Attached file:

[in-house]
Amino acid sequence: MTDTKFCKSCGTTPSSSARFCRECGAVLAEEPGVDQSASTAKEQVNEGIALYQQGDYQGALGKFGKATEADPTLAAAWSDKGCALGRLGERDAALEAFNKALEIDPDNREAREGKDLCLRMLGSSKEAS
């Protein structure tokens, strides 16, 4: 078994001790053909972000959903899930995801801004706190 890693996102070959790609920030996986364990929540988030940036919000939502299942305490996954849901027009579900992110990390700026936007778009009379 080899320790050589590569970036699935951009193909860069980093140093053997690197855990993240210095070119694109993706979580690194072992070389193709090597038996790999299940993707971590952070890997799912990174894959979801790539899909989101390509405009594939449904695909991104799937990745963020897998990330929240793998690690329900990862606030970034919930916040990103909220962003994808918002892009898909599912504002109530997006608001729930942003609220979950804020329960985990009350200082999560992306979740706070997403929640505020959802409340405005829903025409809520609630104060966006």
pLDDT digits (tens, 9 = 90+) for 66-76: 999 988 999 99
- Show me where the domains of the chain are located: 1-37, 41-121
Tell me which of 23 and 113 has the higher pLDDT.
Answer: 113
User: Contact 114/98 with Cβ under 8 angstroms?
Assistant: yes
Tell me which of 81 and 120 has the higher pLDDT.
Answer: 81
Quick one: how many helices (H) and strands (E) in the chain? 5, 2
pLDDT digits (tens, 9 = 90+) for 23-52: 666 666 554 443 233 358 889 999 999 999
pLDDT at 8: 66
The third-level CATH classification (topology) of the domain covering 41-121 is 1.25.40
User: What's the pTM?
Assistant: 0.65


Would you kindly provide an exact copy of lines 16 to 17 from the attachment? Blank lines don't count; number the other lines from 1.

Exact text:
User: What's the pTM?
Assistant: 0.65